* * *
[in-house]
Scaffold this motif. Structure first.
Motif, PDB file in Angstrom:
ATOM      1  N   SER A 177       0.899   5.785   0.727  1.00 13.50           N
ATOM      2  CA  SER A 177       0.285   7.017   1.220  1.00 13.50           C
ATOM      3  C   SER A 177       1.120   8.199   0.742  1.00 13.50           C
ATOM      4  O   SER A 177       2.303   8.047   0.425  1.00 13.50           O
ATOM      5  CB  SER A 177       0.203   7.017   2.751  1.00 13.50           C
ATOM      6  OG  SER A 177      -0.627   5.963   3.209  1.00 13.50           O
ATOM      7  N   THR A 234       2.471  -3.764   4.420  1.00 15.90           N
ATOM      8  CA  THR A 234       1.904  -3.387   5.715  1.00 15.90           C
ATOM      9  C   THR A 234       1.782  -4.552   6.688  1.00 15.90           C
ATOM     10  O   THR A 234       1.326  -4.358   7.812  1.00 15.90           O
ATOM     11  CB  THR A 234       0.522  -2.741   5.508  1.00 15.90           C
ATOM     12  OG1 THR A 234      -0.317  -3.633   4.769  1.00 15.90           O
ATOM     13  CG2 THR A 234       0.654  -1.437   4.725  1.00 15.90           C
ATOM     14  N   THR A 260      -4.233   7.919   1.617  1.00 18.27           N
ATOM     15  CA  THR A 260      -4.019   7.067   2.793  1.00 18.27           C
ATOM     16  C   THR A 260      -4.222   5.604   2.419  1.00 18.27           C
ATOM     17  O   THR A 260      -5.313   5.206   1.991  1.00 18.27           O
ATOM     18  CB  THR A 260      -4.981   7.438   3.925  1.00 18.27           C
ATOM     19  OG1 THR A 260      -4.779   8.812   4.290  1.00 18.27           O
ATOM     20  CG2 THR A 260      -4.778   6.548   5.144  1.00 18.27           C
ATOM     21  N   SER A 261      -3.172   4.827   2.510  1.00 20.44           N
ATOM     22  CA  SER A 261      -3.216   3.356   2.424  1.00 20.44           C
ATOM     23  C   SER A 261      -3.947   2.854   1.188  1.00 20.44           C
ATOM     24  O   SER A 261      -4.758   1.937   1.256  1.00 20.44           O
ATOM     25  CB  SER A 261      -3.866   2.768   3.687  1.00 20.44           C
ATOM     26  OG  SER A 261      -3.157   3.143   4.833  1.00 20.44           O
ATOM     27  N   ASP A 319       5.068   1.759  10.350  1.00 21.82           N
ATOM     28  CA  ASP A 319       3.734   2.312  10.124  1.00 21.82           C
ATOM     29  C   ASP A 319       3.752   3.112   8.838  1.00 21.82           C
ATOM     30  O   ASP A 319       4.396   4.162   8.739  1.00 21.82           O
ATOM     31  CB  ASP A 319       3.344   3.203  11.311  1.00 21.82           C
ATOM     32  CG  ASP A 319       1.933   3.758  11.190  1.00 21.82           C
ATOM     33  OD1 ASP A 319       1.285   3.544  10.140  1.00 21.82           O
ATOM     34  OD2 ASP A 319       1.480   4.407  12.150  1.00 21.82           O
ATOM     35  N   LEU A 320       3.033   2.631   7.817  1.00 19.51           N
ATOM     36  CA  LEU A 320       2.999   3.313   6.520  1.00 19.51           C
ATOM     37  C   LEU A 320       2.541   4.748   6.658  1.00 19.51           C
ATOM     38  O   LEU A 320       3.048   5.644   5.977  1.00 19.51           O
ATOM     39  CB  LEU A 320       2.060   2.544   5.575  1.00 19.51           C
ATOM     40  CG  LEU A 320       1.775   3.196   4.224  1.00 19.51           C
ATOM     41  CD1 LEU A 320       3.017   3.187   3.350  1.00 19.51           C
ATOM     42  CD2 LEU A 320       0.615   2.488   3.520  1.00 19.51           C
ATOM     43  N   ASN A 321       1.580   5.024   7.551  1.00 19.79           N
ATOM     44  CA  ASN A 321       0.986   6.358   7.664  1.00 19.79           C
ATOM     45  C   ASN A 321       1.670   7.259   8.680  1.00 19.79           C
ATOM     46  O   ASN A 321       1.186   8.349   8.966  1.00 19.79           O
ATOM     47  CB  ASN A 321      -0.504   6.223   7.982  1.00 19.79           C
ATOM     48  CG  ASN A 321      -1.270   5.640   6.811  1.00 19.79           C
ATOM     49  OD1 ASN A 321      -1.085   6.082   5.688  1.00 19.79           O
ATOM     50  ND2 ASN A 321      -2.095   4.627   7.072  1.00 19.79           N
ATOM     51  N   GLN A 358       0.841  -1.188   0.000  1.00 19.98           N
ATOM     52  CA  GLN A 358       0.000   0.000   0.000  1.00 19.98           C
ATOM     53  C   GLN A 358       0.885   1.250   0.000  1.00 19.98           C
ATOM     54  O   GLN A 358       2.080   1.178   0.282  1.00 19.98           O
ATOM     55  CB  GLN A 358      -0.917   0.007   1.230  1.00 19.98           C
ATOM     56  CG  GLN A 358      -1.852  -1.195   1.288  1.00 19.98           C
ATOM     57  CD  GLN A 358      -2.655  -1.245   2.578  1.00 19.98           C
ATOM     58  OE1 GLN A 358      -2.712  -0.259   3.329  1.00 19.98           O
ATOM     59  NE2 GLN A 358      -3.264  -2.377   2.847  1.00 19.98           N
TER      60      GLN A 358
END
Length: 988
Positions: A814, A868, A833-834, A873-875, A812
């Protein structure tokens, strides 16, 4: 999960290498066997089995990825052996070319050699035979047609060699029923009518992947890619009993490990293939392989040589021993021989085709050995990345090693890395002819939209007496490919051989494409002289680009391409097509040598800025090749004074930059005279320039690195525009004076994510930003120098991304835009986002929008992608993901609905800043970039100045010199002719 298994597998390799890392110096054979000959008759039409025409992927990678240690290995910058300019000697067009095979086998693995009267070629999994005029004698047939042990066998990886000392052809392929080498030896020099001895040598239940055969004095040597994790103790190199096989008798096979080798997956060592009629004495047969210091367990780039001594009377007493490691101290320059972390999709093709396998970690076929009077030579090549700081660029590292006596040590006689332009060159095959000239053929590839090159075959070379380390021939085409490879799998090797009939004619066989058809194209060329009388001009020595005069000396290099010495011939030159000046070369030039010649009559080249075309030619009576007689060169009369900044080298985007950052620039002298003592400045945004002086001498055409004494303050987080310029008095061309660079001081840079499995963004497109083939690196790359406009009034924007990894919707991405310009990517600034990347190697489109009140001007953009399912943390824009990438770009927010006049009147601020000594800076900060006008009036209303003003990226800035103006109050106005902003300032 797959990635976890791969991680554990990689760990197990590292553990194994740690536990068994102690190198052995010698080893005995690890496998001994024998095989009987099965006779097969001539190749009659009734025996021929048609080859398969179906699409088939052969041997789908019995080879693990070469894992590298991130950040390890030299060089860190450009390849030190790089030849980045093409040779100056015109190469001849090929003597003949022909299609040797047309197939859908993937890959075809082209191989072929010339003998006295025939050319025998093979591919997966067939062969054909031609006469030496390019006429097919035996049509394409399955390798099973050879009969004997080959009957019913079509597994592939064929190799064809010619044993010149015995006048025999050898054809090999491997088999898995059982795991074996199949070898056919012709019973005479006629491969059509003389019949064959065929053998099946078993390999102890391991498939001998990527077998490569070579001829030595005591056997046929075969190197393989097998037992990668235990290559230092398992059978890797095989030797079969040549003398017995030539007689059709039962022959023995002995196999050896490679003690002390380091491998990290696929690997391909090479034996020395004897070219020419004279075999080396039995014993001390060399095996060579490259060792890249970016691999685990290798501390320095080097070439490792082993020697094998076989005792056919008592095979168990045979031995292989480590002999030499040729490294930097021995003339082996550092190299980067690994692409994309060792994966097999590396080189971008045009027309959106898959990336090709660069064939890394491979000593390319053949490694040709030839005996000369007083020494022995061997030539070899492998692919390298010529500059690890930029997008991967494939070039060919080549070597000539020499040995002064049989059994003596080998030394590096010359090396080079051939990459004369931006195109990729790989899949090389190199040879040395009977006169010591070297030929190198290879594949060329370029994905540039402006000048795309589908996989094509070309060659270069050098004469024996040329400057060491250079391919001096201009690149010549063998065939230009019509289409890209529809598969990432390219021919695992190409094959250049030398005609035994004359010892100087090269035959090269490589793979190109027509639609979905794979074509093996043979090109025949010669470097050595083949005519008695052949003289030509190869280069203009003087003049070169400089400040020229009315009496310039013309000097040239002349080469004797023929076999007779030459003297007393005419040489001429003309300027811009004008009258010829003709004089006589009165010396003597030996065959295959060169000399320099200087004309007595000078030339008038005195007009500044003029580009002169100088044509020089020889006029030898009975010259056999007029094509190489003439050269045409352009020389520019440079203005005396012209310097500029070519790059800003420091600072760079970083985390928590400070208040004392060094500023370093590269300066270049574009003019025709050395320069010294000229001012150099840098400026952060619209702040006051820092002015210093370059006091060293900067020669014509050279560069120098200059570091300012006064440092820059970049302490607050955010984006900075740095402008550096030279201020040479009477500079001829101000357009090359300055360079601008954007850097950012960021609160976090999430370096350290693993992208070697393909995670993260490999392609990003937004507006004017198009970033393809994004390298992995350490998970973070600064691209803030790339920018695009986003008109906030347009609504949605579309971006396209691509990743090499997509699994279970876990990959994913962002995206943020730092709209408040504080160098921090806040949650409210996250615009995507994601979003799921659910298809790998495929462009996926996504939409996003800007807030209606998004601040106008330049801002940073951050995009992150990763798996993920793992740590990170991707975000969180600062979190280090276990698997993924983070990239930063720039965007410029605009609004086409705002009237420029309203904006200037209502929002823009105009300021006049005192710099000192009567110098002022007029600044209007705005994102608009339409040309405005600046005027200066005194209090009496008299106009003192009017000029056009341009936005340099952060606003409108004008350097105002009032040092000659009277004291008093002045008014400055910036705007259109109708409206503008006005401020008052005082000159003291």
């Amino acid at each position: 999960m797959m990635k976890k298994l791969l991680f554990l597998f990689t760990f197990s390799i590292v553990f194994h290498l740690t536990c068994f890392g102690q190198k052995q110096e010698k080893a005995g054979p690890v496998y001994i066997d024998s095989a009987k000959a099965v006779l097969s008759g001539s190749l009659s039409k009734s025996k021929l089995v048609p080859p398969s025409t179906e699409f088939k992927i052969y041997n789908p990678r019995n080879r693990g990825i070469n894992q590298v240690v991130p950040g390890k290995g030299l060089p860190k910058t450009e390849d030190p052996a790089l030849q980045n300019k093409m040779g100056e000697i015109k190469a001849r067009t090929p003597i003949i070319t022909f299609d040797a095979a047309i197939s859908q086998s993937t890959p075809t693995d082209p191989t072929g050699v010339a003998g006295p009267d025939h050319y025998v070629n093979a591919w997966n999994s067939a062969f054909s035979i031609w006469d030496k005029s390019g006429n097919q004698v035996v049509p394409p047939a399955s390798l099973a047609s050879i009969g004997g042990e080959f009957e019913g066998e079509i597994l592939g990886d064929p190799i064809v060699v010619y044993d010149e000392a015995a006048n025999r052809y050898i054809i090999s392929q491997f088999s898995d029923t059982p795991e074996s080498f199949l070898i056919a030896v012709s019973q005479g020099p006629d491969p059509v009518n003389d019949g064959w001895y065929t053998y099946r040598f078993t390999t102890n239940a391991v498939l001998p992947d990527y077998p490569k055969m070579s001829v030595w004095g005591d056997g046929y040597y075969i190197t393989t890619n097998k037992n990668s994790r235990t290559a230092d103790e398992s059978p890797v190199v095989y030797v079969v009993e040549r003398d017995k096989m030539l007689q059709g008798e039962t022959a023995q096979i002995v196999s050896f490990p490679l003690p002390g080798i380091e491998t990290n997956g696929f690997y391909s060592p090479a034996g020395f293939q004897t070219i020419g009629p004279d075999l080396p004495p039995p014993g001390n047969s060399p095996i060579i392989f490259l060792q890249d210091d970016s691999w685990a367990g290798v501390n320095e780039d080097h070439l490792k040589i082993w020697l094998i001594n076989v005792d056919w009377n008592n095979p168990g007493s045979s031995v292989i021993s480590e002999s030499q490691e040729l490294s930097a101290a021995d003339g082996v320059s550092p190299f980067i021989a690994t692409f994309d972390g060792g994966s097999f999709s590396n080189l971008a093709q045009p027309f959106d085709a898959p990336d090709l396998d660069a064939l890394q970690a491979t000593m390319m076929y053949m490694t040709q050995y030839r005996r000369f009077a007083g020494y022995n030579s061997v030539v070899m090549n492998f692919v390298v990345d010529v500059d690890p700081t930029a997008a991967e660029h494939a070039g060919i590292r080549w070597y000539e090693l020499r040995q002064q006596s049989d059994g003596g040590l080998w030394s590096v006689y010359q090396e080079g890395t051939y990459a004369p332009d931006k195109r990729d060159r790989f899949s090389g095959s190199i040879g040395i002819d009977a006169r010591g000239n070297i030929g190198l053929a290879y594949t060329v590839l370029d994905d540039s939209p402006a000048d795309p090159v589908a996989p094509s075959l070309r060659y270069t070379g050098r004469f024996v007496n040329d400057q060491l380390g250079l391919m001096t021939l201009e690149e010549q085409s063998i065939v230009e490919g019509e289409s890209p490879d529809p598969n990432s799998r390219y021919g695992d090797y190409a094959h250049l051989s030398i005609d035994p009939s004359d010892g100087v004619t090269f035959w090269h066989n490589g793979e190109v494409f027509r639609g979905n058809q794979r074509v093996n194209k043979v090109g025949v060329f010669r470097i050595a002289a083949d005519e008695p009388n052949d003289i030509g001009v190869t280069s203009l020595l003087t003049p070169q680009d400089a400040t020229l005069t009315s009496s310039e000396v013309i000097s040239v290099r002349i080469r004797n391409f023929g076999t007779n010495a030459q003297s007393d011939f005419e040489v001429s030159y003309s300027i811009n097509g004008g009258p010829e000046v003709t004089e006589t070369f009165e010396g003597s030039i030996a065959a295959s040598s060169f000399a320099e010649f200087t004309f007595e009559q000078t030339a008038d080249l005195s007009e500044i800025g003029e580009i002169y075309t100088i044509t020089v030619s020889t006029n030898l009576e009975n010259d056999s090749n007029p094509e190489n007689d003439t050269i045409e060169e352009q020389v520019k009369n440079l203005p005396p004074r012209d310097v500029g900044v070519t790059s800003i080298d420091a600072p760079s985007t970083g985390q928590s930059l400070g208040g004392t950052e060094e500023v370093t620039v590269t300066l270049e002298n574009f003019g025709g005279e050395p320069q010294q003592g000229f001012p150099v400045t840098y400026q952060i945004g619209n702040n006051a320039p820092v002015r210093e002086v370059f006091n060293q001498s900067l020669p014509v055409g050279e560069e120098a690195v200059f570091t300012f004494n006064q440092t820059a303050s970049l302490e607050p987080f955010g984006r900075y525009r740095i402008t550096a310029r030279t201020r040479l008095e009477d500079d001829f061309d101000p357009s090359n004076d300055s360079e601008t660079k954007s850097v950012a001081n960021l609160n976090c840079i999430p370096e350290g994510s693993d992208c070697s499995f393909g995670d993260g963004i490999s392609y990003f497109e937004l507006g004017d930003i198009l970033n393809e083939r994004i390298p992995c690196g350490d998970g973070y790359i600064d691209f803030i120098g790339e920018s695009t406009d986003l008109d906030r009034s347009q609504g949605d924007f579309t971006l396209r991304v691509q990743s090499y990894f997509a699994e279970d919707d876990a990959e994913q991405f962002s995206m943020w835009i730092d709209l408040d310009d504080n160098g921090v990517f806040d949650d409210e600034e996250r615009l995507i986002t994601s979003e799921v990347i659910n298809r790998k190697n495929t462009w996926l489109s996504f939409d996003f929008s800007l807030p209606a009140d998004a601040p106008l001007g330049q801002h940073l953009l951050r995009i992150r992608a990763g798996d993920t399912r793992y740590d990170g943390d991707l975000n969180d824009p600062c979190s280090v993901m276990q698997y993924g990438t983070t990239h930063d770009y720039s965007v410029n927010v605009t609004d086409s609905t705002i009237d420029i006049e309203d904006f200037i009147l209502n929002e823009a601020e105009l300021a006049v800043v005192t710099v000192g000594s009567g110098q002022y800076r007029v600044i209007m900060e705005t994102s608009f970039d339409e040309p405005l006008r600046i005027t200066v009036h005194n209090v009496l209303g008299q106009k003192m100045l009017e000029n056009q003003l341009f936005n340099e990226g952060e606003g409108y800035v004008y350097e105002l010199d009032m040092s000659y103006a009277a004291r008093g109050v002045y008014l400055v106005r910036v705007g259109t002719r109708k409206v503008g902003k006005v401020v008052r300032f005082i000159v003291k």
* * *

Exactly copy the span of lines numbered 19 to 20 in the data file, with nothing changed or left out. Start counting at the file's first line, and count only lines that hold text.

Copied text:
ATOM     16  C   THR A 260      -4.222   5.604   2.419  1.00 18.27           C
ATOM     17  O   THR A 260      -5.313   5.206   1.991  1.00 18.27           O